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5 low-code enterprise application mistakes and how to fix them 

Shaun Wortis, Log in to subscribe to the Blog

Low-code is powerful technology that enables development teams to build applications without complex coding. This includes the user experience (UX)—which often determines project success or failure. Ultimately, low-code should allow your organization to drive better business outcomes, allowing your teams to focus on deeper, more complex UX problems and the needs of your users.  

Many low-code solutions are burdened by what I see as a common mistake: prioritizing user interface (UI)-first app building. Often the app building process begins by the dragging of UI elements onto a blank canvas and then applying data or actions to them— thus embedding essential business logic into the presentation layer. When application building begins this way, the power of low code turns against your application. Ironically, by starting with the UI, you end up creating poor user experiences.  

To clarify, “UI” is technology—the pieces and parts of a user’s experience, while “UX” is the complete experience, most critically a user’s mental map of what they are doing in the tool, and how they can get their work done. Think of UX like a kitchen with everything stored behind cabinet doors (and think of those cabinets with ladles and mixing bowls as the “UI”). The only way you can efficiently use your kitchen is if you have a strong mental map of where all those things are located, and your kitchen is laid out in an efficient manner (that is your “UX”).

UI should be a tool for achieving ideal UX and ideal business outcomes, not an outcome unto itself, just as kitchens and kitchen utilities are to help one prepare food. But when you build application functionality via the UI, the UI (by default) is determined first and is therefore prioritized over core UX (the users’ mental map of what they are doing, and where on screens to go to succeed in their work). Core business outcomes should not be secondary to UI.

Let low-code developers and business architects focus on what they do best: model the business logic.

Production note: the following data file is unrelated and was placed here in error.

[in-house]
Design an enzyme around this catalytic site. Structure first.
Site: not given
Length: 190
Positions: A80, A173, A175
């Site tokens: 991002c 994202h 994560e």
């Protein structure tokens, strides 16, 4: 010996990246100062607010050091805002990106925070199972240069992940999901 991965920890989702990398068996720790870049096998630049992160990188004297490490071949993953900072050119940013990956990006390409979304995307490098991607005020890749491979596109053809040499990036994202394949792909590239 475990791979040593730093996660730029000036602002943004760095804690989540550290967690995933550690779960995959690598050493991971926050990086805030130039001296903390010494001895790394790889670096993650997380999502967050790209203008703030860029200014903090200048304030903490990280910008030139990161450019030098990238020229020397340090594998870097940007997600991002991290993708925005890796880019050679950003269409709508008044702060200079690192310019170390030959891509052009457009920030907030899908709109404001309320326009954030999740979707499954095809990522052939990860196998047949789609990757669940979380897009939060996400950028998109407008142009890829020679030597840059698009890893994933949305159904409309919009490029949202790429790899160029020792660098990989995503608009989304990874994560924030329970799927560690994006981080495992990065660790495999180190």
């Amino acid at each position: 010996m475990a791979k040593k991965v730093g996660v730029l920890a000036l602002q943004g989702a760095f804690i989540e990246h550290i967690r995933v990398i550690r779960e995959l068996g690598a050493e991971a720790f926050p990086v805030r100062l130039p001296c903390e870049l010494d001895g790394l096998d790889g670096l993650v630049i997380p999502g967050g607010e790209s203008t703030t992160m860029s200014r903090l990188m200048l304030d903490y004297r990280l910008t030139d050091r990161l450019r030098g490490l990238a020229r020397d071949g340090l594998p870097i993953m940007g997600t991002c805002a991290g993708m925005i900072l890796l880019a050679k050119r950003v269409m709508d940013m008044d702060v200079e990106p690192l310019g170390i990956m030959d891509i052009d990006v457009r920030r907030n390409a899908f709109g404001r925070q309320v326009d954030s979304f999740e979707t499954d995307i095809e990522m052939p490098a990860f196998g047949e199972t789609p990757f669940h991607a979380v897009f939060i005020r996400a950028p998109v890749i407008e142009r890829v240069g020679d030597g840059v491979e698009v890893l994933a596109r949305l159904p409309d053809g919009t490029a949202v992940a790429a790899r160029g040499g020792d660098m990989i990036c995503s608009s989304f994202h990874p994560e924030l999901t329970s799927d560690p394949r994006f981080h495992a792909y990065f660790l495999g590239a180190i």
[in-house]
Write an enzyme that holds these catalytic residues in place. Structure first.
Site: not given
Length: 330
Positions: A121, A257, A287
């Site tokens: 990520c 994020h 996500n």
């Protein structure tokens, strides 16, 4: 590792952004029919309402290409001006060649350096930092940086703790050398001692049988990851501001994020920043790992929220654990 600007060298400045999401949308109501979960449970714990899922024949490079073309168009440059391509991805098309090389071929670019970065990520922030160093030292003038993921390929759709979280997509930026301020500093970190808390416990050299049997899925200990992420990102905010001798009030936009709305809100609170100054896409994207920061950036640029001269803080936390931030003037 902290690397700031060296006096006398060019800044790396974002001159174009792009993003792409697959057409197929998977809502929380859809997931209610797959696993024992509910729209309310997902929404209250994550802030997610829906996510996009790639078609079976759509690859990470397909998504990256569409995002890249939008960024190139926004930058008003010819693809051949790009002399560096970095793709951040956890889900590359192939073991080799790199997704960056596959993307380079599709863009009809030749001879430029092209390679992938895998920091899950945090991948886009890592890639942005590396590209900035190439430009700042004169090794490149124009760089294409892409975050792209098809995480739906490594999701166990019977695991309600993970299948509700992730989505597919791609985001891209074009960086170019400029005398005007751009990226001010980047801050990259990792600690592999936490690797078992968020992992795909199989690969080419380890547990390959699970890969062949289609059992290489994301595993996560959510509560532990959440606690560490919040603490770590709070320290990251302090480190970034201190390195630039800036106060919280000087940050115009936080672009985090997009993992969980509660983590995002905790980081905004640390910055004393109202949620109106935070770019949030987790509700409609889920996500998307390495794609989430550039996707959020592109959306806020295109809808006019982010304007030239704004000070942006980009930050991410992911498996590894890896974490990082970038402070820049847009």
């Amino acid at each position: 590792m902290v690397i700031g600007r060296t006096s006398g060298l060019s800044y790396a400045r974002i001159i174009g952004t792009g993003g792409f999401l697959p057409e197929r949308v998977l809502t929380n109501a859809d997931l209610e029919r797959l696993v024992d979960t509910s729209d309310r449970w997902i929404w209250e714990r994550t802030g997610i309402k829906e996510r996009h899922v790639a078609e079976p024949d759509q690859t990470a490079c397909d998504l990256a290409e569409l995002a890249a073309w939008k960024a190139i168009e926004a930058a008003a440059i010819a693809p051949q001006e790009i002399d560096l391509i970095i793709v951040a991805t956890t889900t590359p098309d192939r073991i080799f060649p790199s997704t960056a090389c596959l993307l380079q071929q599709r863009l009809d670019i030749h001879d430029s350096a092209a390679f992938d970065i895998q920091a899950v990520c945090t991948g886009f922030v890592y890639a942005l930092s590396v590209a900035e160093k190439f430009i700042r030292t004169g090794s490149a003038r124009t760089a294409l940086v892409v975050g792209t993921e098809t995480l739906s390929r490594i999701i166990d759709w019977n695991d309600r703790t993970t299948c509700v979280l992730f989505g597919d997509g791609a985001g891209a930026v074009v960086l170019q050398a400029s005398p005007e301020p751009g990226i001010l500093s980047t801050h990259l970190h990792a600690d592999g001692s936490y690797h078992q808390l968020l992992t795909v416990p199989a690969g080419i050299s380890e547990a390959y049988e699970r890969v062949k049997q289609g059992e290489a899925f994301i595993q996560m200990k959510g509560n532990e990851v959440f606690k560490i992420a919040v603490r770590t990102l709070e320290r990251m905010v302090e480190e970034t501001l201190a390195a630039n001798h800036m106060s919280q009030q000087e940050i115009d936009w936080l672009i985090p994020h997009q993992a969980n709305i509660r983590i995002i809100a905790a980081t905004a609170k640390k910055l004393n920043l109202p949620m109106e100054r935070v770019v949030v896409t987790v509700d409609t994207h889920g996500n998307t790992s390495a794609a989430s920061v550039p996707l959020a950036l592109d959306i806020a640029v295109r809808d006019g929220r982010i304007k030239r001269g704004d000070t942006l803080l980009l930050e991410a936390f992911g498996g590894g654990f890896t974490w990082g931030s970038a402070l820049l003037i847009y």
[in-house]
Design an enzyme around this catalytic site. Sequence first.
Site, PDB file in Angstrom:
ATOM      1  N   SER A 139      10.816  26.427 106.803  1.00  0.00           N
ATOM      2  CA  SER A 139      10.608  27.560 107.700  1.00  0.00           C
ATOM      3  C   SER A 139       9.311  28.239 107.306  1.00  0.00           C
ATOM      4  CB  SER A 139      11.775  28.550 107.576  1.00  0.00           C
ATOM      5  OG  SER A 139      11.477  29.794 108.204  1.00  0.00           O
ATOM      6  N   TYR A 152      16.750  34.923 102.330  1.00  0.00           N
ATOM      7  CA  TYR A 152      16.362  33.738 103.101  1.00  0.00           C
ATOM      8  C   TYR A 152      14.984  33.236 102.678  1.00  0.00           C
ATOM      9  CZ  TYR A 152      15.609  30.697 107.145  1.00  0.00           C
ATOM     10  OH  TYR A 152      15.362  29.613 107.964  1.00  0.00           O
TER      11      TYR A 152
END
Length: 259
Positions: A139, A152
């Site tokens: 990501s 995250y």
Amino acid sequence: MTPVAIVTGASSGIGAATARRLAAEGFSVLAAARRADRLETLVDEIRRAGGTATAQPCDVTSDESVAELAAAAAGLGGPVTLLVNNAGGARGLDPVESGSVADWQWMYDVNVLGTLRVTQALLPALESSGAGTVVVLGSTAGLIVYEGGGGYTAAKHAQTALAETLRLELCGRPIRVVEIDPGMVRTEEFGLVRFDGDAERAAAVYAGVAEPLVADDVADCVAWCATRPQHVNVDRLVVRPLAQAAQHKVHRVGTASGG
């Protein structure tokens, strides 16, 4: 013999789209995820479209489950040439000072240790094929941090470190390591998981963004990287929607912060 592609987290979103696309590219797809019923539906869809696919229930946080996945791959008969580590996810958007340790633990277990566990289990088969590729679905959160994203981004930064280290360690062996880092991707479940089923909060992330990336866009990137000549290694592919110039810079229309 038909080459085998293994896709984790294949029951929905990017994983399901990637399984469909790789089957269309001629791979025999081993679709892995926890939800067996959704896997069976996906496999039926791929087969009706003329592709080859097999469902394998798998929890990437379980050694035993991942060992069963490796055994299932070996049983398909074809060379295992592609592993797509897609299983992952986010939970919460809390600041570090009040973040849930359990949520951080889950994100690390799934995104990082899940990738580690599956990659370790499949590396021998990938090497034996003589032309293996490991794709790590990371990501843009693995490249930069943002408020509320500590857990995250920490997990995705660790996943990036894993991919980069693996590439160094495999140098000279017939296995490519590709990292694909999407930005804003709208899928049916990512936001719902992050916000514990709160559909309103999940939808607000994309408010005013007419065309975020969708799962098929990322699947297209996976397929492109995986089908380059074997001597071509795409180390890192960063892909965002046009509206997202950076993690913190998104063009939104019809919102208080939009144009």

Pega’s low-code platform allows the delivery of high-quality effective user experiences faster by building with pre-configured assets designed specifically around our core intelligent automation and case management features. By utilizing a templated, complete UX system like Pega Constellation, businesspeople can take full advantage of low code to model logic, processes, and data.

Pega has been low-code for decades. We are the original low code enterprise tool and we’ve learned a lot in our journey. These observations reflect the reasoning of our own shift towards truly configurable “Center-Out” software.

Here are 5 reasons  why UI-first app building is bad for business: 

1) UI-first app building means your organization is backing into business logic. That’s backwards!    

As a UX professional and a long-time manager of UX designers, I often see inexperienced designers rush to “thinking with UI” — in other words, scrambling to craft the interface of an application before considering the core ways the application works. I mentor against this. Businesses processes, business logic and data are the core of any application, defining what users should be able to accomplish and why. Business process, business logic, business data and core UX should drive the UI, not the other way around. So, when your team uses low-code methods that begin with UI, you’re forcing the business processes to follow UI and you may be left with a broken application that won’t help users achieve their goals.  

Designing the app in the abstract (meaning outcomes, process, data, personas) will lead to clearer mental models for the people using the app. Clearer mental models = better UX = better outcomes.  

2) UI-first app building sidelines deeper UX problems.